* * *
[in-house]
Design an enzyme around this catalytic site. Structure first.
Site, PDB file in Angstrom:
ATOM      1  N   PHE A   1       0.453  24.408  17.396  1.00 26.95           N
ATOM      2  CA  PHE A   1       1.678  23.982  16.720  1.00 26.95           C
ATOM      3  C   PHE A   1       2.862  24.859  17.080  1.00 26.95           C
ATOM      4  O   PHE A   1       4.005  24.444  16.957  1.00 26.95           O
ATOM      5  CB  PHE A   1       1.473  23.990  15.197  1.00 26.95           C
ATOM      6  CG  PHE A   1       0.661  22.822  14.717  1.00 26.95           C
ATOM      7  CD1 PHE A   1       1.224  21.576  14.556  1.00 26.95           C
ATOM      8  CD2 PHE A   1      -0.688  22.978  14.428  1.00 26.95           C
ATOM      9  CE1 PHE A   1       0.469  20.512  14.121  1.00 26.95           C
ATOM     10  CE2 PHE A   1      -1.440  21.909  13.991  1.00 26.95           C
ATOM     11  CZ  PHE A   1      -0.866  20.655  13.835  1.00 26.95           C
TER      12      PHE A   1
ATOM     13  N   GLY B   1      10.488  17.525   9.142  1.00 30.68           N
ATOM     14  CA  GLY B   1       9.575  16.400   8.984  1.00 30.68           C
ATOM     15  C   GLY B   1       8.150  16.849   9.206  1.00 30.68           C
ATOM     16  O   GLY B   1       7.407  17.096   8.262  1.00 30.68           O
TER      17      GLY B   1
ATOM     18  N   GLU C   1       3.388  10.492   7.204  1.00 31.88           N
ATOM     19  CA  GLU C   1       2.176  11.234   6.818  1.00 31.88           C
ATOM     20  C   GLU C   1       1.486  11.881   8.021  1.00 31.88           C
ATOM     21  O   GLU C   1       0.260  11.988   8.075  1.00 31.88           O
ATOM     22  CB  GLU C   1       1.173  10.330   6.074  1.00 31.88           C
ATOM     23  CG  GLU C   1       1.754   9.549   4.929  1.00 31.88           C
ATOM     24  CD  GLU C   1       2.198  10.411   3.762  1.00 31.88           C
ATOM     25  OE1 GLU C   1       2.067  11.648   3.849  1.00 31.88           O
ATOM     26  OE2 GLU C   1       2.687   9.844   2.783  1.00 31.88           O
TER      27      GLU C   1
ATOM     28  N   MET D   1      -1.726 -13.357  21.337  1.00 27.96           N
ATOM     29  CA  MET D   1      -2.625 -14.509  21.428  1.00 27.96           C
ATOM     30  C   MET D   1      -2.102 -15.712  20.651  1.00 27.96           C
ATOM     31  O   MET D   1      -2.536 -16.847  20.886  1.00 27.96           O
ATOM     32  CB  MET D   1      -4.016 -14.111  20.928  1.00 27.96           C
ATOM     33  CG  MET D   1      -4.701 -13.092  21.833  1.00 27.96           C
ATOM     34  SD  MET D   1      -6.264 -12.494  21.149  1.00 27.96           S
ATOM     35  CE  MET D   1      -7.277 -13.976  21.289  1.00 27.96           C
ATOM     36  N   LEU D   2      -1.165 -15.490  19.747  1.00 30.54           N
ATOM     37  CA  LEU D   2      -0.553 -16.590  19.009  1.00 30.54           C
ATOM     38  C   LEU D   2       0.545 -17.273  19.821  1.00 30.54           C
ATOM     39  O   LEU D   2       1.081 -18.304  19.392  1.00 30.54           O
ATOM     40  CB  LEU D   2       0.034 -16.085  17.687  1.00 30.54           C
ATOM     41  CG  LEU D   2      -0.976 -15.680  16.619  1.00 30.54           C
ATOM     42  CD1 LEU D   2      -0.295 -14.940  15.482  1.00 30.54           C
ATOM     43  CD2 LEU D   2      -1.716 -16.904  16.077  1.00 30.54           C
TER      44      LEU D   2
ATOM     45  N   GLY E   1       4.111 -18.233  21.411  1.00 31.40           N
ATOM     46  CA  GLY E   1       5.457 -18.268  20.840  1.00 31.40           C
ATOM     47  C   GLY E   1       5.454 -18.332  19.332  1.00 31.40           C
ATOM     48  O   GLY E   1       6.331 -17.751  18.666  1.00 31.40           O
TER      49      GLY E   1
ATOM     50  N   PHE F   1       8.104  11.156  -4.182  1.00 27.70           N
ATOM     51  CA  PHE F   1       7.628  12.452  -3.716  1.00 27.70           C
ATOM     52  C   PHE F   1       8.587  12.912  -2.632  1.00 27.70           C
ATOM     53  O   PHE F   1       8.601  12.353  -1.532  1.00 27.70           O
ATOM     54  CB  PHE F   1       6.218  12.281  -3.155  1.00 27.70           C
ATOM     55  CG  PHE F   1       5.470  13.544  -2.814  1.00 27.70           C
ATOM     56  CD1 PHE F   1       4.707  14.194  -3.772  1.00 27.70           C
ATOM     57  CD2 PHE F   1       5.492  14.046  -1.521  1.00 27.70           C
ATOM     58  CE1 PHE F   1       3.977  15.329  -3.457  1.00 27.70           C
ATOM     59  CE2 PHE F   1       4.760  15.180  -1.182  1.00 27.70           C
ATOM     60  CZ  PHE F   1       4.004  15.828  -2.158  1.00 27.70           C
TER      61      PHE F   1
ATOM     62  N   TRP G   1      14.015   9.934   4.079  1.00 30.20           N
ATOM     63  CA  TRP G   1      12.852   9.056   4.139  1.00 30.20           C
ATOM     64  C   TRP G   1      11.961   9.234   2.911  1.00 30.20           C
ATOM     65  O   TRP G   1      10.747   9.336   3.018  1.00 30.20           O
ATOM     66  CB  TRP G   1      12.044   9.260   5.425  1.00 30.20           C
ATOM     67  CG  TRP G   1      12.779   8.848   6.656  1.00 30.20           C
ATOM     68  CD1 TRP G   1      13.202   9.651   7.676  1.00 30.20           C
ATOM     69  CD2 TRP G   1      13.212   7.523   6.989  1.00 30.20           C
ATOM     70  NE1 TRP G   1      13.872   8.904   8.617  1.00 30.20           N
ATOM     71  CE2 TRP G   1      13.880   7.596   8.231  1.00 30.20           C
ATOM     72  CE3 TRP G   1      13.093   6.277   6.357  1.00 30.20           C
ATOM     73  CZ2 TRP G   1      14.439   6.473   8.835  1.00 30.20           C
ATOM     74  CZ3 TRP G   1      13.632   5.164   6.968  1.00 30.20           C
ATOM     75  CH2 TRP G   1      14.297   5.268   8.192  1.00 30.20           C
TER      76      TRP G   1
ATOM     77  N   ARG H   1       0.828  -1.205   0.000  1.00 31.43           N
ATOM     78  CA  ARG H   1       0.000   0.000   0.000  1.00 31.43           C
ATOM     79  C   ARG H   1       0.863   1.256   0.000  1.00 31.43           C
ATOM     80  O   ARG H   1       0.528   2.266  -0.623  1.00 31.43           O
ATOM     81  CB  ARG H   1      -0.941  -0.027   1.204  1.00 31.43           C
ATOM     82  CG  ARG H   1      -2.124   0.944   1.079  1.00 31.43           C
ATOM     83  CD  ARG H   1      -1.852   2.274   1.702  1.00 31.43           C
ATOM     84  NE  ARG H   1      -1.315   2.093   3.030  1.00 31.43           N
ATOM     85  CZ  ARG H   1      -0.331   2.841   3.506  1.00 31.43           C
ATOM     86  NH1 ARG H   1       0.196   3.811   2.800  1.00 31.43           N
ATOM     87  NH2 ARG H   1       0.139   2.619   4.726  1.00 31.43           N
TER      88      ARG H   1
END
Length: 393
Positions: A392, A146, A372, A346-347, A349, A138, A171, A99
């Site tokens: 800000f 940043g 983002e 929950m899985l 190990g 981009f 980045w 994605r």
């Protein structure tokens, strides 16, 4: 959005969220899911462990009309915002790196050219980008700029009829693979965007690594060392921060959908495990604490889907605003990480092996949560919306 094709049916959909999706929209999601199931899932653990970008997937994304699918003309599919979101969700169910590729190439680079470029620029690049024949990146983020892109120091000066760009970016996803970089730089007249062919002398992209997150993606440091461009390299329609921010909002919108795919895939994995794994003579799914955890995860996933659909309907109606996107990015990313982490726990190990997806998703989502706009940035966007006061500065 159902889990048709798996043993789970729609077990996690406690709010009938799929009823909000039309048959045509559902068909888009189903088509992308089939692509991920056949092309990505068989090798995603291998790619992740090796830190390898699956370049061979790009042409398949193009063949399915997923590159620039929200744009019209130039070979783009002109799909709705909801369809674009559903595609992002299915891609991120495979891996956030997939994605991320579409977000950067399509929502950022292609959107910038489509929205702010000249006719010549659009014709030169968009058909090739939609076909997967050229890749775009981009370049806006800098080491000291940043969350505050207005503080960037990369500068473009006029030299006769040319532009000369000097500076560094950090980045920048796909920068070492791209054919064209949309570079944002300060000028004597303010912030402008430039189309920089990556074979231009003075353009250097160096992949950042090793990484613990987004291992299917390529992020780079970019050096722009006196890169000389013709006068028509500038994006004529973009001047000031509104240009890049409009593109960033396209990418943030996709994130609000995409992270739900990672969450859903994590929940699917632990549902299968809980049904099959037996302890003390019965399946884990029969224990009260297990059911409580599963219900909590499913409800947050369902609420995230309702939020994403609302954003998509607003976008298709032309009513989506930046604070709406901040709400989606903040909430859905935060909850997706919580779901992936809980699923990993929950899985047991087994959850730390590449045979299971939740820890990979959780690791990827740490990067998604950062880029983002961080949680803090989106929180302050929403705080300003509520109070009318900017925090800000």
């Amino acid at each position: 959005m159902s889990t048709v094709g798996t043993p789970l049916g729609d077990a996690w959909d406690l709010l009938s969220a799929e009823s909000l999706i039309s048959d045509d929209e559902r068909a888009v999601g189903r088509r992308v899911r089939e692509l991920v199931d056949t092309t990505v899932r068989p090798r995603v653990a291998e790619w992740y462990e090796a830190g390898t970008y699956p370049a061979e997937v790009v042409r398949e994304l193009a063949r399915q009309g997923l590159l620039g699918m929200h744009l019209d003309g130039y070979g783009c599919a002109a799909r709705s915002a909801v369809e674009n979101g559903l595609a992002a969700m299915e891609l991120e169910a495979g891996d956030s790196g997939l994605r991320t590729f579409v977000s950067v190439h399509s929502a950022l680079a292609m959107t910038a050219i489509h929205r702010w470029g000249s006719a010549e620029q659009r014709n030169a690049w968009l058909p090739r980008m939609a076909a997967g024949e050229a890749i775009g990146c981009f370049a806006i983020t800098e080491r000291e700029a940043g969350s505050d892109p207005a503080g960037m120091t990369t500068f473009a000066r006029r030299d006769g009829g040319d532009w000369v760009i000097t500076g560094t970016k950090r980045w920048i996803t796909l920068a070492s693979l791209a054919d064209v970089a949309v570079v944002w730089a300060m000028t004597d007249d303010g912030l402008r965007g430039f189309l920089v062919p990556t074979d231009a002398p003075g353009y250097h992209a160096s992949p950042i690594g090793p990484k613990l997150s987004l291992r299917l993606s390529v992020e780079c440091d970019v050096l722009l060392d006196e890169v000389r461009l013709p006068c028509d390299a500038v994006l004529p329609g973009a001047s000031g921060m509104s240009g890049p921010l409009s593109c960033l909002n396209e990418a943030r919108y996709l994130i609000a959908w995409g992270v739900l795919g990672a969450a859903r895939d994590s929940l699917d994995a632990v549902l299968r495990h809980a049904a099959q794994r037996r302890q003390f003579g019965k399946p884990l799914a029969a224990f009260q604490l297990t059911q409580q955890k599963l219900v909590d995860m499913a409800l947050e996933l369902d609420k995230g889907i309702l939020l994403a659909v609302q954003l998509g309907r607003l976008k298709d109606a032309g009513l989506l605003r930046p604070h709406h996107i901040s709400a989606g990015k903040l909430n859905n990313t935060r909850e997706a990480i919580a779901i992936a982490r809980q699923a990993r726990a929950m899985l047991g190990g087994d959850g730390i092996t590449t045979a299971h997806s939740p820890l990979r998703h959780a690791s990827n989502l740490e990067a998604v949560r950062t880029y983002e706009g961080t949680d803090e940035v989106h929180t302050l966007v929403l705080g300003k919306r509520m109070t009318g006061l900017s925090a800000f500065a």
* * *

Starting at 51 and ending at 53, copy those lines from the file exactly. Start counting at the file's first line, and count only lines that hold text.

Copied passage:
ATOM     48  O   GLY E   1       6.331 -17.751  18.666  1.00 31.40           O
TER      49      GLY E   1
ATOM     50  N   PHE F   1       8.104  11.156  -4.182  1.00 27.70           N